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Sunset over La Defense © Paris Update

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Paris Update What’s On

Links to events happening this week in Paris

English-language theater festival

ParisUpdate-ParisFringe-Geometrika300

> Paris Fringe returns for its second year of English-language theater and comedy. Various venues, Paris, May 18-28.

Pre-Edinburgh play
> Sugar Baby, by Anne Penketh and starring Holly-Rose Clegg, will play in Paris before moving on to the Edinburgh Fringe Festival.  La Chapelle des Lombards, Paris, May 20.

Annie in English
> The International Players present the musical Annie. Le Quai 3, Le Pecq, May 18-21.

Late-night art
> Museums stay open into the night for free and hold special events for the Nuit Européenne des Musées. Various locations. Paris, May 16.

Left Bank gallery crawl
> Open house at 50 galleries for Art Saint Germain des Prés. Various venues, Paris, May 18-June 3.

Gold in galleries
> The Carré Rive Gauche, an association of Left Bank galleries celebrates its 40th anniversary with an event called ExtrORdinaire, featuring gold in works of art. Opening night: May 18. Various venues, Paris, May 18-June 3.

All that jazz...
> Jazz acts ranging from amateurs to big names at the Festival Jazz à Saint-Germain-des-Prés. Various venues, Paris, May 11-22.

Literary Latin Quarter
> Readings, book signings, storytelling, concerts and more at the Quartier du Livre festival. Various venues, Paris, May 17-24.

Emerging artists
> The Salon de Montrougehas been exhibiting the work of young artists every year for 62 years. Le Beffroi, Montrouge, through May 24.

Plays from all over Europe
> The Chantiers d'Europe festival presents theatrical performances from Portugal, the Netherlands, Spain, Greece, Croatia and the United Kingdom. Théâtre de la Ville–Espace Pierre Cardin, May 2-24

Hollywood glam
> Marilyn Monroe, Greta Garbo, Ava Gardner, Marlene Dietrich and more in classic films from Hollywood's Golden Age for the Glamour cycle. Forum des Images, Paris, May 3-31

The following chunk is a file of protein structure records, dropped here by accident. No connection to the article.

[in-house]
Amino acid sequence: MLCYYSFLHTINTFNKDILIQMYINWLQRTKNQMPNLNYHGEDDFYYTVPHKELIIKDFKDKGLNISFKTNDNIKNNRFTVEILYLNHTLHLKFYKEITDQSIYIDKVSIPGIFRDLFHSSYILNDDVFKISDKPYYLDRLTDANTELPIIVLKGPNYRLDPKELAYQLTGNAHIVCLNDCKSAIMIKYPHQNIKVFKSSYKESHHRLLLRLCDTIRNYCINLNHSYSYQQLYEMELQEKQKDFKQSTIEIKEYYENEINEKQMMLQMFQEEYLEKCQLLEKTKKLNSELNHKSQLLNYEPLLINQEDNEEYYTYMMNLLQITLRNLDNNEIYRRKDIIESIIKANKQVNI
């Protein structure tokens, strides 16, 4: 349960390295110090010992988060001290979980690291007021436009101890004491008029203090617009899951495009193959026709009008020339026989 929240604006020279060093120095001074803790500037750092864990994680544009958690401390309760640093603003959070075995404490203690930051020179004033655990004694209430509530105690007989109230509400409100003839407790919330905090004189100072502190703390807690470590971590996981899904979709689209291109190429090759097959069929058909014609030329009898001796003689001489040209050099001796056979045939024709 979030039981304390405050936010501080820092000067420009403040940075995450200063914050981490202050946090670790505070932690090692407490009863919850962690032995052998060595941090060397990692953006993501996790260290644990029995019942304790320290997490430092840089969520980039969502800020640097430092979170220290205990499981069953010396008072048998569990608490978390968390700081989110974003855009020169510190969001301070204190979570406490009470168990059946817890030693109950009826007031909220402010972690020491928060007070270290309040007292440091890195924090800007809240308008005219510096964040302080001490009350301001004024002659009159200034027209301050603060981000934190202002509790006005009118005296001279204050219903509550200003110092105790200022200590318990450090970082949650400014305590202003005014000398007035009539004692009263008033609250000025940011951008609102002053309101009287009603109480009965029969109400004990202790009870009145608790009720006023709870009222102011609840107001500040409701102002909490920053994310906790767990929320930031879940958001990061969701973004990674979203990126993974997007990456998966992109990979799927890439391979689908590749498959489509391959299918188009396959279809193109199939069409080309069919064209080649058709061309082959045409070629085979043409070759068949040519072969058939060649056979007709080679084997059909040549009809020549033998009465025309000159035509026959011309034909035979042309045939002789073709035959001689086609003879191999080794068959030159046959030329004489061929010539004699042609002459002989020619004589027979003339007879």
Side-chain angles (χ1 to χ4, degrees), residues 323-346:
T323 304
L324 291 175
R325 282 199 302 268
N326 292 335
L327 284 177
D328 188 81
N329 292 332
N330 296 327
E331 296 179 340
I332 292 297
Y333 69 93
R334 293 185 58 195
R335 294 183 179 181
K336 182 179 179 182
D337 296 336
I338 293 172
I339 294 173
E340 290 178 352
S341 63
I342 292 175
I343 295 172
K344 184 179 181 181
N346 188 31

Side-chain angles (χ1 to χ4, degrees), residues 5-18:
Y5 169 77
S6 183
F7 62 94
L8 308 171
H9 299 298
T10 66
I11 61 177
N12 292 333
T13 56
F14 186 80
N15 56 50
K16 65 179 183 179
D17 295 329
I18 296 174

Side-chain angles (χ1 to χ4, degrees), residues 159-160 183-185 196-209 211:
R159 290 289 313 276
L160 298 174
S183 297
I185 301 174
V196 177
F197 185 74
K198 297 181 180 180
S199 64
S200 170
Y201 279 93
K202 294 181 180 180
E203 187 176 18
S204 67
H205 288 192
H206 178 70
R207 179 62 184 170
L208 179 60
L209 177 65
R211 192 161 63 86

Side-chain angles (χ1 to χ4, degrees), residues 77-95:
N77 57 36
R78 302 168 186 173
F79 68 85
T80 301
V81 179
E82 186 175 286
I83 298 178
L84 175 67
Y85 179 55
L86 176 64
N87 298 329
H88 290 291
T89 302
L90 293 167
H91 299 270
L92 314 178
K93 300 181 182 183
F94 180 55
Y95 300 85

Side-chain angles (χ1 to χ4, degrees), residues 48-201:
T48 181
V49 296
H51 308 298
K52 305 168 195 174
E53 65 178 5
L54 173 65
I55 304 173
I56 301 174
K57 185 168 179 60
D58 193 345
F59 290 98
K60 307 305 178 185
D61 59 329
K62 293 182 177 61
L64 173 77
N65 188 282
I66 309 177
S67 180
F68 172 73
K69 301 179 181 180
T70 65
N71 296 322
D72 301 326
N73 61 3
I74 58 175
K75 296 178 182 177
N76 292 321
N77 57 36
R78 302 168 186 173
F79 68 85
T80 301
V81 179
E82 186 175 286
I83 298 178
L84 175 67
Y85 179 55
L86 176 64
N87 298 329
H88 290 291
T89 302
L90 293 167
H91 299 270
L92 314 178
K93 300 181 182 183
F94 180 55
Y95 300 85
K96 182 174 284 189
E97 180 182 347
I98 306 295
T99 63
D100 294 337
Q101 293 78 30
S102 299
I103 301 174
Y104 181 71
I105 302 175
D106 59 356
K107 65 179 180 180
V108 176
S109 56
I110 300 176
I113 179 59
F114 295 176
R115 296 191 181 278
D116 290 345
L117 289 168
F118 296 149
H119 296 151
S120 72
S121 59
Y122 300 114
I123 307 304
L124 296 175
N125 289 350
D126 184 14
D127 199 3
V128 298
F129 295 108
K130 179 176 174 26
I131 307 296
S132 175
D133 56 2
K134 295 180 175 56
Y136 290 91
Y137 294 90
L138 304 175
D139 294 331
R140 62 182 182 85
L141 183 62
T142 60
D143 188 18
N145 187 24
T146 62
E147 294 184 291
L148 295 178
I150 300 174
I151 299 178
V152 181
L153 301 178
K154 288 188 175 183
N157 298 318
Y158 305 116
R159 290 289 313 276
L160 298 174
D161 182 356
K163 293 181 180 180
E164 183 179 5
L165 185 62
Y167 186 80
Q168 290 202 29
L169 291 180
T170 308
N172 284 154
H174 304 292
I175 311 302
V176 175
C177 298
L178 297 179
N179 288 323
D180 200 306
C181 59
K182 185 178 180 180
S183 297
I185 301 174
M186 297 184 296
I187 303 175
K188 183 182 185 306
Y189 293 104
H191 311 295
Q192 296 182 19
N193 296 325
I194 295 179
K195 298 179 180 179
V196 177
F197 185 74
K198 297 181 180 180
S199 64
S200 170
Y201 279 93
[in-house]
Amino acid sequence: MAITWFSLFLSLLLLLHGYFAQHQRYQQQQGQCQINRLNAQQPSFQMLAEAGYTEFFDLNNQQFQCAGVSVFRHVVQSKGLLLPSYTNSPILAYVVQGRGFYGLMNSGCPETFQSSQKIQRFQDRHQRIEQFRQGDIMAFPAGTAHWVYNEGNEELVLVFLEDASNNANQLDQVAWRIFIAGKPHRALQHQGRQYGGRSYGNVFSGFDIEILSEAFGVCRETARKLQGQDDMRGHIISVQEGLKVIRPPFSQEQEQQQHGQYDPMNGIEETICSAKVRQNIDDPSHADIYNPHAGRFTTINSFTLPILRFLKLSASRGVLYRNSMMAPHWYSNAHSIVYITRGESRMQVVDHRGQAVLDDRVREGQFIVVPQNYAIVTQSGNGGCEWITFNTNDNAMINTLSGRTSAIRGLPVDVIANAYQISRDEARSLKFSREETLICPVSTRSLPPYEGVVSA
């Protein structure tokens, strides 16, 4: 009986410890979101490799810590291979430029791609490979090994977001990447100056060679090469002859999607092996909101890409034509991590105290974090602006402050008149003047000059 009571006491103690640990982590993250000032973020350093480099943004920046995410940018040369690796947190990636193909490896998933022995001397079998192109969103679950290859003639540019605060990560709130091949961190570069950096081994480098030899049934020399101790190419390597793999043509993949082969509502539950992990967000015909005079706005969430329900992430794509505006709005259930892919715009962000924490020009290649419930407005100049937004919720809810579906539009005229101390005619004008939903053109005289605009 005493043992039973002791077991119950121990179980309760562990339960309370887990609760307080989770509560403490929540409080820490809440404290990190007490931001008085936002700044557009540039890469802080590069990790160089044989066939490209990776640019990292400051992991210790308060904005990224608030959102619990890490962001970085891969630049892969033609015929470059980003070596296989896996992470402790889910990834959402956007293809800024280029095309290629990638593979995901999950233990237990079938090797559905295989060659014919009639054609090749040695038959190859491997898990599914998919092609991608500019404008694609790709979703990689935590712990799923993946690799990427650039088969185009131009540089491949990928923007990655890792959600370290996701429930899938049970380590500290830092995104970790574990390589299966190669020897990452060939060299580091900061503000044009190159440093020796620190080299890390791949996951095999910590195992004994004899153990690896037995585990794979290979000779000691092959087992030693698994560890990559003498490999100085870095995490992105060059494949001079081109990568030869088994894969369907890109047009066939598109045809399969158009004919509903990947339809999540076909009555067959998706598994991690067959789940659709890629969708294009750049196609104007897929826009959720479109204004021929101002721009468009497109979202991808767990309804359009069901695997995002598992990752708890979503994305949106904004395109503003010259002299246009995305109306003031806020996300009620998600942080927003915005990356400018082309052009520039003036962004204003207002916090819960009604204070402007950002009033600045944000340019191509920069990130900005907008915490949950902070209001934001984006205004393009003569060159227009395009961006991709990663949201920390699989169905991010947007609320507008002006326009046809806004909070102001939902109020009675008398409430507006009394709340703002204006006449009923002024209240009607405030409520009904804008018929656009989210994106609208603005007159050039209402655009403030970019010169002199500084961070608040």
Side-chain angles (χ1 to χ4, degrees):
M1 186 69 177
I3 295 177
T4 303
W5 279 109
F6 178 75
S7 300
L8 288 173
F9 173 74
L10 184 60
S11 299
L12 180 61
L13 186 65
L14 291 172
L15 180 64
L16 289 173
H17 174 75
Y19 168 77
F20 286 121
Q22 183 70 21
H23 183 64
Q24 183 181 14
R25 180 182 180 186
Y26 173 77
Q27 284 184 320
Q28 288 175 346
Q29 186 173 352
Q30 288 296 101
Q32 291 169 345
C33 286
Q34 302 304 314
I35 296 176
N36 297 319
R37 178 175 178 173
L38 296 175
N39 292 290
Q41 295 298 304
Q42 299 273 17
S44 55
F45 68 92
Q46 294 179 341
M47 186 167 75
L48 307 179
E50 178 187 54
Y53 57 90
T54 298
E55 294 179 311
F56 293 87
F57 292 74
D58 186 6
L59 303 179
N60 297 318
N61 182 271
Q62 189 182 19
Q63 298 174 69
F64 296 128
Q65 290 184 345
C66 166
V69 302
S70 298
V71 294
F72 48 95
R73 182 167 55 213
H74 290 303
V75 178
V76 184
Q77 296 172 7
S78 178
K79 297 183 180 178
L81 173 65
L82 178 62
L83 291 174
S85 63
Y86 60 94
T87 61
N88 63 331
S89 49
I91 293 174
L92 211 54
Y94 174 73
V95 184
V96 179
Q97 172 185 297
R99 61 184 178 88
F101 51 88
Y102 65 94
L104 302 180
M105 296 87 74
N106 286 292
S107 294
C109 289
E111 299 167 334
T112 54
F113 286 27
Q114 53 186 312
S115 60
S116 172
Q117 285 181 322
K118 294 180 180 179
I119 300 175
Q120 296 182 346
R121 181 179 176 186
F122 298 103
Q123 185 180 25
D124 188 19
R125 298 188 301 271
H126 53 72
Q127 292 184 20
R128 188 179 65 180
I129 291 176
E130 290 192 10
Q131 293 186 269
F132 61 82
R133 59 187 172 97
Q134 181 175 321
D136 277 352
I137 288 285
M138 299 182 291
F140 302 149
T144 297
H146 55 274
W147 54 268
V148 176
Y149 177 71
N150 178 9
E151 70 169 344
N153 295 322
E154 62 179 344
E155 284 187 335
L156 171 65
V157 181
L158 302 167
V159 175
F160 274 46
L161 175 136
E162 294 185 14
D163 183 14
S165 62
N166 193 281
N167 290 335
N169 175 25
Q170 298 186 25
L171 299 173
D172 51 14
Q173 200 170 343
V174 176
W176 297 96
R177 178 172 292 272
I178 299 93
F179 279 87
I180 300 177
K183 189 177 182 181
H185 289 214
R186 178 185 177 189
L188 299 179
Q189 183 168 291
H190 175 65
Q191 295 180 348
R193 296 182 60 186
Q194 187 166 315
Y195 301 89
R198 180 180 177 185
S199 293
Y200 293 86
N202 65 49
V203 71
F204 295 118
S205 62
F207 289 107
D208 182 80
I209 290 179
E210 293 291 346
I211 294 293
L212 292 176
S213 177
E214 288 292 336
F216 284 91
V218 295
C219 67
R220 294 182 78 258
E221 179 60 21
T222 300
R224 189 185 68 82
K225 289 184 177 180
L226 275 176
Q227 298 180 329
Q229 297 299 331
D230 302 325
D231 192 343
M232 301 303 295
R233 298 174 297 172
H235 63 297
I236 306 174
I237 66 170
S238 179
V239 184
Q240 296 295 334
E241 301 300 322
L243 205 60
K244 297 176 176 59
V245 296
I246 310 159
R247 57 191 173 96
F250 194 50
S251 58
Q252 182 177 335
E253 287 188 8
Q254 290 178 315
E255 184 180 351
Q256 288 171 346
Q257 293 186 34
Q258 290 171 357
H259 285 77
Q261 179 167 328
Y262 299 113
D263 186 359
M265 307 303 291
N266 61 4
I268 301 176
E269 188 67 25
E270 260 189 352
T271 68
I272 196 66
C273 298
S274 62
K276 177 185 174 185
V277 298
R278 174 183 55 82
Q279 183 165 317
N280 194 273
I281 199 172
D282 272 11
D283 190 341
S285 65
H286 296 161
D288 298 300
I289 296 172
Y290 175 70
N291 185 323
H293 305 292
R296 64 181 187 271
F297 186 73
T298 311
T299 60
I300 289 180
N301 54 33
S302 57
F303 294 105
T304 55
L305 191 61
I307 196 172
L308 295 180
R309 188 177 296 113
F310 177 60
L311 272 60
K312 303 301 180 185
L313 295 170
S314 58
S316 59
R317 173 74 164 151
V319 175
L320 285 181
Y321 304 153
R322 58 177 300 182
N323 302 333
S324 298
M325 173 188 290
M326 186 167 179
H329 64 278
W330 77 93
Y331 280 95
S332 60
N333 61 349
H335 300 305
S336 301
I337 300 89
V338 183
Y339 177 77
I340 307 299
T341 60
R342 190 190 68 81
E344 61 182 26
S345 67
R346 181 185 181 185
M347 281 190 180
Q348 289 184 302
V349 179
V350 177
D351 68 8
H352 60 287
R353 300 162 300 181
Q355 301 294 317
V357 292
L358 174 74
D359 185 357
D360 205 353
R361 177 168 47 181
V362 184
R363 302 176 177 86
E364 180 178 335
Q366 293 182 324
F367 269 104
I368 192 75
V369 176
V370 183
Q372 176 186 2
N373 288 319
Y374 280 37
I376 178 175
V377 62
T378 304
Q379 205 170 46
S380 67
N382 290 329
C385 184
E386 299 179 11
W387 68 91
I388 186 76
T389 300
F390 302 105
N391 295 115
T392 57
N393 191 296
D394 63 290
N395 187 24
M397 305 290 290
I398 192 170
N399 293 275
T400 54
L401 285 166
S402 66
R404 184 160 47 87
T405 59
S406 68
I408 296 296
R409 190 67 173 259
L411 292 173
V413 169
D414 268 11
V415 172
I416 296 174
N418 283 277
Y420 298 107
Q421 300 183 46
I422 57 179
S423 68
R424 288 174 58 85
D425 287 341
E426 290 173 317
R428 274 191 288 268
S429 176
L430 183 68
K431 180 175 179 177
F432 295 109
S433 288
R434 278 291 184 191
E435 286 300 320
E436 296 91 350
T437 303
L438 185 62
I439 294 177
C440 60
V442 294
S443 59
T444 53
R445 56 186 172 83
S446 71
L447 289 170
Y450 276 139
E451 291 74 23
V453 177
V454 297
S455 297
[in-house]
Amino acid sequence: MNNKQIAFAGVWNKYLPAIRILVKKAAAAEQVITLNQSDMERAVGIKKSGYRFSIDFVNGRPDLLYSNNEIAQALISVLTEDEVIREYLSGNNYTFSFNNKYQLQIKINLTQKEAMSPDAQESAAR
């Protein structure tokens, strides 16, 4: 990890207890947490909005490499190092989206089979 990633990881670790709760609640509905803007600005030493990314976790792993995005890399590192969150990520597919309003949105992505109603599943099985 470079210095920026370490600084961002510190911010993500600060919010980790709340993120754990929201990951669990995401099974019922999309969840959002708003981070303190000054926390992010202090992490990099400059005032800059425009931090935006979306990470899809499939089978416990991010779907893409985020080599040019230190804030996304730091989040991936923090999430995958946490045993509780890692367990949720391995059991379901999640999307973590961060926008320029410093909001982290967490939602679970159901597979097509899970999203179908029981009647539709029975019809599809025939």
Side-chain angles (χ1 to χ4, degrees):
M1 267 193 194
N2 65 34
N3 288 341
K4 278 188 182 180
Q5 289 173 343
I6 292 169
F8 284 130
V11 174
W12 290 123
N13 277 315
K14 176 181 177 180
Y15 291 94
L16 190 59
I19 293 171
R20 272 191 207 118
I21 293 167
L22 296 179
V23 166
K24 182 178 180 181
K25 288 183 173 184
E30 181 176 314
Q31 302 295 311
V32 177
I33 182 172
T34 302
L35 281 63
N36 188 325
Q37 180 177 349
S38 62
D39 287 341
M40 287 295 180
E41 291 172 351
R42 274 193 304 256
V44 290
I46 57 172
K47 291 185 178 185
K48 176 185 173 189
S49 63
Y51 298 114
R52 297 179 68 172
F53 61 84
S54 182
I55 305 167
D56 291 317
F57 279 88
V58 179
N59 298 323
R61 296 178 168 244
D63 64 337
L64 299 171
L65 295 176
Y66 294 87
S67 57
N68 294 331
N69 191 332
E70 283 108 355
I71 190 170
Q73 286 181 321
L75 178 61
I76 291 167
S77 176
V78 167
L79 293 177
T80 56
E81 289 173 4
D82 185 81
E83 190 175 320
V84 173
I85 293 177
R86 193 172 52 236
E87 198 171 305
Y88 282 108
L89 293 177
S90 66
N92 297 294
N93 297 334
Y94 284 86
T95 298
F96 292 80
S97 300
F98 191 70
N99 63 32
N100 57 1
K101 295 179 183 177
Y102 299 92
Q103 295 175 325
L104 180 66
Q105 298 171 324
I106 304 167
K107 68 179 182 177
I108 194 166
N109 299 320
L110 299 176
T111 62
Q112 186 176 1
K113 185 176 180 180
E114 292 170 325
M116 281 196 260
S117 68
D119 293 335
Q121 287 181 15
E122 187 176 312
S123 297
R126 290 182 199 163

Photo shows galore
> Le Mois de la Photo has been moved from autumn to spring, with 96 exhibitions taking place all over the greater Paris area. See Web site for locations and dates.

French film with English subtitles
> Lost in Frenchlation shows Emmanuelle Cuau’s Pris de Court, preceded by a themed cocktail party (€4.50). Studio 28, Paris, May 19.

Virtual reality
> Drop in on Saturday or Sunday from 2pm to 8pm for a free virtual trip at the VR Express festival. Forum des Images, Paris, through June 30.

Dance in historic sites
> Monuments en Mouvement offers free dance performances in national monuments like the Pantheon in Paris, the Abbaye de Cluny and châteaux. Various locations, through Oct. 21.

African culture festival
> The 100% Afriques festival showcases dance, theater, music, fashion, design, art, food and more from all over the continent. La Villette, Paris, through May 28.

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Hot Topics - C'est ironique !

 

Eavesdropping

Paris cafe

In a crowd, you're just one of the overheard.

Walking down Rue des Martyrs the other day I crossed paths with a young father and his three-or-so-year-old son. A police car was racing up the street in the opposite direction, siren ...